Taking a Fast-Track to a Research-Oriented CareerJanuary 2018
Rachel Bainbridge is fast and focused. Many staff know her from her dedication to running at MITRE's Bedford, Massachusetts, campus every morning. Others know her from her work in MITRE's independent research program, where she's developing countermeasures to Electromagnetic Fault Induction (EMFI). Her goal is to help protect our sponsors' hardware from malicious attacks.
Bainbridge first came to MITRE in 2005 as an Armed Forces Communications and Electronics Association (AFCEA) intern. "My summer as an AFCEA intern was great," she reflects. "I helped develop a Java application that would assist users in visualizing a plane's status. Then, in college, I found I enjoyed working with hardware more."
After completing both bachelor's and master of engineering degrees from the Massachusetts Institute of Technology, Bainbridge returned to MITRE full-time to focus on digital hardware engineering. And her career has continued to gain momentum.
Giving Early Career Professionals a Boost
MITRE started our Early Career Research Program (ECRP) in 2012 to give junior staff the opportunity to undertake research and development during the first phase of their careers. It's specifically designed to help them develop skills in research, communication, and project management.
The opportunity to perform transformational research for MITRE's sponsors intrigued Bainbridge. She knew she wanted to apply for the ECRP, but needed some assistance. "I really wanted to get into research, but I didn't have a complete project idea formed," she says.
After doing some brainstorming with her colleagues, she decided to expand on some research done by MITRE’s Jeff Hamalainen on hardware faults. These faults are device malfunctions caused by an outside source, such as temperature or power glitches. Using Hamalainen as a mentor, she developed a proposal and joined the ECRP in 2016, where she spent half her time researching EMFI.
Taking Her Research to the Next Level
After a successful year with the ECRP, Rachel submitted an idea to further her EMFI work within MITRE's internal research program, known as the MITRE Innovation Program (MIP). Every year the MIP receives 1,000 ideas for research projects from across the corporation and selects approximately 200 for funding. As is the case with the ECRP, the MIP allows staff to pursue research that can help our sponsors. In 2017, Bainbridge's idea was chosen to receive funding.
Now a principal investigator of her own project, Bainbridge leads a team of interns striving to develop countermeasures to EMFI attacks on Field-Programmable Gate Arrays. "I feel like I've taken on a lot more responsibility than in the past," she says. "I have a great intern team working with me, which has allowed us to take the project a lot further than I could on my own."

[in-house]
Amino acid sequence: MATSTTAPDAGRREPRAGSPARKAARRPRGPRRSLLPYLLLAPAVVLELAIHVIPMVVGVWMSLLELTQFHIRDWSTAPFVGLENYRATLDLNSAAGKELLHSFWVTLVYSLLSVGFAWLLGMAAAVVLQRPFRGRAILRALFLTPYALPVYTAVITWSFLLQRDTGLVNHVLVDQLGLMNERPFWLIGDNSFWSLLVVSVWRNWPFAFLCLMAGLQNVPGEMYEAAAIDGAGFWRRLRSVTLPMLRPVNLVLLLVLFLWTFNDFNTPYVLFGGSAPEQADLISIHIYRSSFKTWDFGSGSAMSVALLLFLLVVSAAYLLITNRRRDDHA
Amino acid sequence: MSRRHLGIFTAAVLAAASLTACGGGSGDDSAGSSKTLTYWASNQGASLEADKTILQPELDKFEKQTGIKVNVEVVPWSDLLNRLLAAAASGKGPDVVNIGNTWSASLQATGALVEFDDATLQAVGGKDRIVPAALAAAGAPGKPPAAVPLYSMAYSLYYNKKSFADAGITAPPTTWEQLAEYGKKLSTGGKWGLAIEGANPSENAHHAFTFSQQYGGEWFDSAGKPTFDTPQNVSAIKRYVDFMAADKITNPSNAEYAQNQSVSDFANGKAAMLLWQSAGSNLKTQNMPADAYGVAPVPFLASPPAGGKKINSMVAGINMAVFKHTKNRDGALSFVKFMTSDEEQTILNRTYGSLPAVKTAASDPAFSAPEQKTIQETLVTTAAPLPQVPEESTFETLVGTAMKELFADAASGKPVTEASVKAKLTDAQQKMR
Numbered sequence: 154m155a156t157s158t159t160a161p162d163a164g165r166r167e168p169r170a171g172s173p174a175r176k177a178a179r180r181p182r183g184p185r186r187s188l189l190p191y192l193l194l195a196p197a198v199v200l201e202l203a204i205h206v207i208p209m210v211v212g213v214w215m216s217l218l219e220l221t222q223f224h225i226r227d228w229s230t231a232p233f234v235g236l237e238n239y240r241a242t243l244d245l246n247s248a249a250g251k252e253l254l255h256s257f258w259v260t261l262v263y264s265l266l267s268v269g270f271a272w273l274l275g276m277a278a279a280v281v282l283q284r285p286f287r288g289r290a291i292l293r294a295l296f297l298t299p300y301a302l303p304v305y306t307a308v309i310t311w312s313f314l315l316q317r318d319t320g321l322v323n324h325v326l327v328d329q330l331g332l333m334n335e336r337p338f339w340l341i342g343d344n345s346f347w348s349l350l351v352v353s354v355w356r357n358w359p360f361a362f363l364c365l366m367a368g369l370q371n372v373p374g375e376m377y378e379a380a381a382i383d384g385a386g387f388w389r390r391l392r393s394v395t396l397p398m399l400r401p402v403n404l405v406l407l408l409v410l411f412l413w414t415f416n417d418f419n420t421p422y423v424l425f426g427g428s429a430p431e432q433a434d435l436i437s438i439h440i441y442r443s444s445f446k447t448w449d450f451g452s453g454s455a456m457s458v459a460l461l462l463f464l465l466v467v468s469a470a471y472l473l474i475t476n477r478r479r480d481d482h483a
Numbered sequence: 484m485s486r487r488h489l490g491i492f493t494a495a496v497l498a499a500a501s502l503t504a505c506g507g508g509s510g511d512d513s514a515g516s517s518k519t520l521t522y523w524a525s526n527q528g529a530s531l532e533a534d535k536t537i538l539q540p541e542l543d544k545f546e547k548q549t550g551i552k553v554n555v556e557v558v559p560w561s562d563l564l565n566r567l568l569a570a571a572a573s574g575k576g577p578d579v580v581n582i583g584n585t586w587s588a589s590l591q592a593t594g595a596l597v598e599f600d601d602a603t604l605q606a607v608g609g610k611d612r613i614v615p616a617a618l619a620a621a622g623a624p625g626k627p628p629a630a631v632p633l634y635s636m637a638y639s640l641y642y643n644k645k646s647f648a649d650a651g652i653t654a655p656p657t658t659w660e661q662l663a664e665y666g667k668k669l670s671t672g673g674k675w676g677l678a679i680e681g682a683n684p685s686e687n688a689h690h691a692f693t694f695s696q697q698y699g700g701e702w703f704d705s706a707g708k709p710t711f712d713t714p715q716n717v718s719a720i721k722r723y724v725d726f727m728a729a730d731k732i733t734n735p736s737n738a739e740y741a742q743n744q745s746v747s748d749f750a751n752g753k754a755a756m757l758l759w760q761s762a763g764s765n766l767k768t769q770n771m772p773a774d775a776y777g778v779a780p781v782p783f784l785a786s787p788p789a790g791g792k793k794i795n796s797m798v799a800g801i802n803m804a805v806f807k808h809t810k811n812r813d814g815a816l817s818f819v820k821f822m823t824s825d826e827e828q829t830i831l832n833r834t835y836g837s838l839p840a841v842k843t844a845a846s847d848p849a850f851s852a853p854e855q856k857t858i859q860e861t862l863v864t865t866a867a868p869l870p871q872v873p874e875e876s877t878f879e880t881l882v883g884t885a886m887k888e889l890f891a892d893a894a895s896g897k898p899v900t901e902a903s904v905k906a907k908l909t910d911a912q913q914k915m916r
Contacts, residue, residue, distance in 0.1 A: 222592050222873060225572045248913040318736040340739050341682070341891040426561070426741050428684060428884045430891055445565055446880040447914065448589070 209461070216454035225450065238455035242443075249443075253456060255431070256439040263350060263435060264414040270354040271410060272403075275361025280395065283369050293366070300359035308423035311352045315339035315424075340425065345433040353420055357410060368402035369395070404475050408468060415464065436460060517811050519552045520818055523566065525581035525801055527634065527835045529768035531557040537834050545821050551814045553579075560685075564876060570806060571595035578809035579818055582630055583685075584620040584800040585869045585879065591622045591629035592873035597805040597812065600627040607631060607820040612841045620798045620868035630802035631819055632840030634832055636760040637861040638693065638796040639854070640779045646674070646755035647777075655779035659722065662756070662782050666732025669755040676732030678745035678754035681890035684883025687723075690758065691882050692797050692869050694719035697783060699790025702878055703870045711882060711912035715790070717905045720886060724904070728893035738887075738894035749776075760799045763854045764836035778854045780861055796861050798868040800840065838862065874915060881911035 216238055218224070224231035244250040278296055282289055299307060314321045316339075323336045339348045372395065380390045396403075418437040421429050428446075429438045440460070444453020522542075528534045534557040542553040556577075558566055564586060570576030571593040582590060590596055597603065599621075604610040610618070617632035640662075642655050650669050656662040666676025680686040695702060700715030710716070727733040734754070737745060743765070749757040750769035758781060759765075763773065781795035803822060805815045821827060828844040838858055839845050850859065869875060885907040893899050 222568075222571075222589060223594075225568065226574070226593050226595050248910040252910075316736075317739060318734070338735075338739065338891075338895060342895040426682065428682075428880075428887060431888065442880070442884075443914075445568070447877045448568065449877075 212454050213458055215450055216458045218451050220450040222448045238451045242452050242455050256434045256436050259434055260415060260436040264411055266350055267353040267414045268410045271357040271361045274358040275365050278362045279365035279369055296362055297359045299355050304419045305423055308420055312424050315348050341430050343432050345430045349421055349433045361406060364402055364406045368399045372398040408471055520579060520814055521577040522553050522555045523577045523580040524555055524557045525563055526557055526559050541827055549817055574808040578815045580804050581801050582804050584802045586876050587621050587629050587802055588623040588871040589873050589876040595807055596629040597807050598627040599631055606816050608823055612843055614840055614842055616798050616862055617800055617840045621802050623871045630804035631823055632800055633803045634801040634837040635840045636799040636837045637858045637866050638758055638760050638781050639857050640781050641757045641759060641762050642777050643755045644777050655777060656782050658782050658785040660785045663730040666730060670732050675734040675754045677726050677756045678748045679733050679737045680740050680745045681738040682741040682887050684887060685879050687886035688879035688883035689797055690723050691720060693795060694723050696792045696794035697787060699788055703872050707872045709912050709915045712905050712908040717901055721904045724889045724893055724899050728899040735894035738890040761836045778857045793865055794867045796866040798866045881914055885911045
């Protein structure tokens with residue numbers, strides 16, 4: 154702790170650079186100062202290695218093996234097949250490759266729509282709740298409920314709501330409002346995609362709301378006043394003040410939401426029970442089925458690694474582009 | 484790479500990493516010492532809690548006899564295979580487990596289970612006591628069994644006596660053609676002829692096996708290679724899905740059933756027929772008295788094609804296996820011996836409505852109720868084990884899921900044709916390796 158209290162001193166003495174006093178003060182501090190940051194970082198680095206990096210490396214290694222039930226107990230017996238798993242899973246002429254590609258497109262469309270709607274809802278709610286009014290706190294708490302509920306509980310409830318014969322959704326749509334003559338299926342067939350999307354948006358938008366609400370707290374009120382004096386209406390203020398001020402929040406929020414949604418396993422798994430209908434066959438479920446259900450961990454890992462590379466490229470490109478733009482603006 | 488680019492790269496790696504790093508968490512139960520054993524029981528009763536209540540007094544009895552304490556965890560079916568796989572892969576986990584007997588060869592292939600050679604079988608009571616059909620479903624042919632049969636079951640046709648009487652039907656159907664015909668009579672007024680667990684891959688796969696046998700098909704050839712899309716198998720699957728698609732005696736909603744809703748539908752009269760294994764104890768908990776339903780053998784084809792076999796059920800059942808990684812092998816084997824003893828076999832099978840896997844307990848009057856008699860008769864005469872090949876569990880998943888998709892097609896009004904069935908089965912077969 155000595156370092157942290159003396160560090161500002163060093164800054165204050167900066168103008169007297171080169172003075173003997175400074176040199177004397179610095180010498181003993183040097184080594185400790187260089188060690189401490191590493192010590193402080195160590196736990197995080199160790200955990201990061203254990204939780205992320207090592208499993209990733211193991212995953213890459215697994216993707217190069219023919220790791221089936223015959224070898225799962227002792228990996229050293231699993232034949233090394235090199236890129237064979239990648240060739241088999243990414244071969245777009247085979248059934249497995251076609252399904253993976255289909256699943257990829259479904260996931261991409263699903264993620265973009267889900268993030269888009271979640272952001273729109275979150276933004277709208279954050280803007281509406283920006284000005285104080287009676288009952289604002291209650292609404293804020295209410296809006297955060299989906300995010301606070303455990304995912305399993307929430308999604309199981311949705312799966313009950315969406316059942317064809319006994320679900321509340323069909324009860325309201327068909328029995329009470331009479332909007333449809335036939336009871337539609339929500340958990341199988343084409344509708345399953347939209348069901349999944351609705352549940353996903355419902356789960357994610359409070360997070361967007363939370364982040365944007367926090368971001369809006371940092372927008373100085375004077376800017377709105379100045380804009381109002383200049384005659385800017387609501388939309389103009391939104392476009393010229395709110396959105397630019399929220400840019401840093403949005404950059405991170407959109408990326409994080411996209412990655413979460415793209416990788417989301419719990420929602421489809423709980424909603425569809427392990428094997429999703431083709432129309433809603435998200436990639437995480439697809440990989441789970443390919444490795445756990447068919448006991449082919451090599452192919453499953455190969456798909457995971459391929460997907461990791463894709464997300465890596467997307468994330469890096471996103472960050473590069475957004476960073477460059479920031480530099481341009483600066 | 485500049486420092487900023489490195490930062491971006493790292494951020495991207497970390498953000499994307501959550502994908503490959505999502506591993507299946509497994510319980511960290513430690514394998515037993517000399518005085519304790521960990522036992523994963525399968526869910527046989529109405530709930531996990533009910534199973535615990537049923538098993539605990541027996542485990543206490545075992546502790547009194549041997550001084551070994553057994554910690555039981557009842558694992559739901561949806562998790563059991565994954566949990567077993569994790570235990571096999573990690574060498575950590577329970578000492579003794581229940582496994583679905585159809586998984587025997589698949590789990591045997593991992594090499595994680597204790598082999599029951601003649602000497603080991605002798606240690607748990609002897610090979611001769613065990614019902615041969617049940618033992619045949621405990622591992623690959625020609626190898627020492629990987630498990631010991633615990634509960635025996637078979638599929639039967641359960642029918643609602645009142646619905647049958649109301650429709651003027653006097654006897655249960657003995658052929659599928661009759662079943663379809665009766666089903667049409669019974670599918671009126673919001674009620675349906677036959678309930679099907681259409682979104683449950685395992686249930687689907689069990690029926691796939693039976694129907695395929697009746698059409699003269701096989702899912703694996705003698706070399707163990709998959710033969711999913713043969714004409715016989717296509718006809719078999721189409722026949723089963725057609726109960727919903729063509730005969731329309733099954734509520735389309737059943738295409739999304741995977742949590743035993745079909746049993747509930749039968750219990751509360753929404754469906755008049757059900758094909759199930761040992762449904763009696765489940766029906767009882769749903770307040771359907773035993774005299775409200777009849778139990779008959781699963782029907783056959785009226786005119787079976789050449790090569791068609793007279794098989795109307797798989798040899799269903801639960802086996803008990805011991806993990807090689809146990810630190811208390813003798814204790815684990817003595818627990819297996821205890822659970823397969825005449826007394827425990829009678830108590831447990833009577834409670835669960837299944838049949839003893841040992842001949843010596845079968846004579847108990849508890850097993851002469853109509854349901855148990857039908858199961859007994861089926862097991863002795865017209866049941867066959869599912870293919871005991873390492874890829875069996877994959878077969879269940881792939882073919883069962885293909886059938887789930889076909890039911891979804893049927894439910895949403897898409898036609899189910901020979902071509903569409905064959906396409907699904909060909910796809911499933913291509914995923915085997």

A Collaborative Environment
One of the best parts about working at MITRE, according to Bainbridge, is the collaborative environment. As her team developed fault countermeasures, colleagues helped confirm their findings. "Knowing subject matter experts agreed with our findings helped validate our research," she says.
And Bainbridge's best advice for new employees? "Don't be afraid to ask people to help you. Be open to advice from people who have different experience." Developing briefings and proposals is not easy, but Bainbridge found MITRE mentors, including Hamalainen, who are always willing to assist.
Just as important as teamwork is the ability to step back and take time to study or work on something else. "What I really like about MITRE is that you can work on multiple projects simultaneously. I love my own research project, but it's nice to have some diversity." Bainbridge also says that she takes what she learns from one project and applies her new knowledge to another—a MITRE tradition.
Sharing with Sponsors Brings a MITRE First
Bainbridge's goal is to build on the findings from her EMFI research to help other sponsors. Earlier this year, she presented her research at the Department of Defense Anti-Tamper conference, sharing her work on EMFI with peers and government agencies.
She'll continue her internal research for another year and hopes to secure direct funding from government sponsors the following year.
"We're reaching out to interested organizations," she says. "It's rewarding to know that our research has the potential to provide new technology that will benefit our sponsors."
–by Liz Borseti
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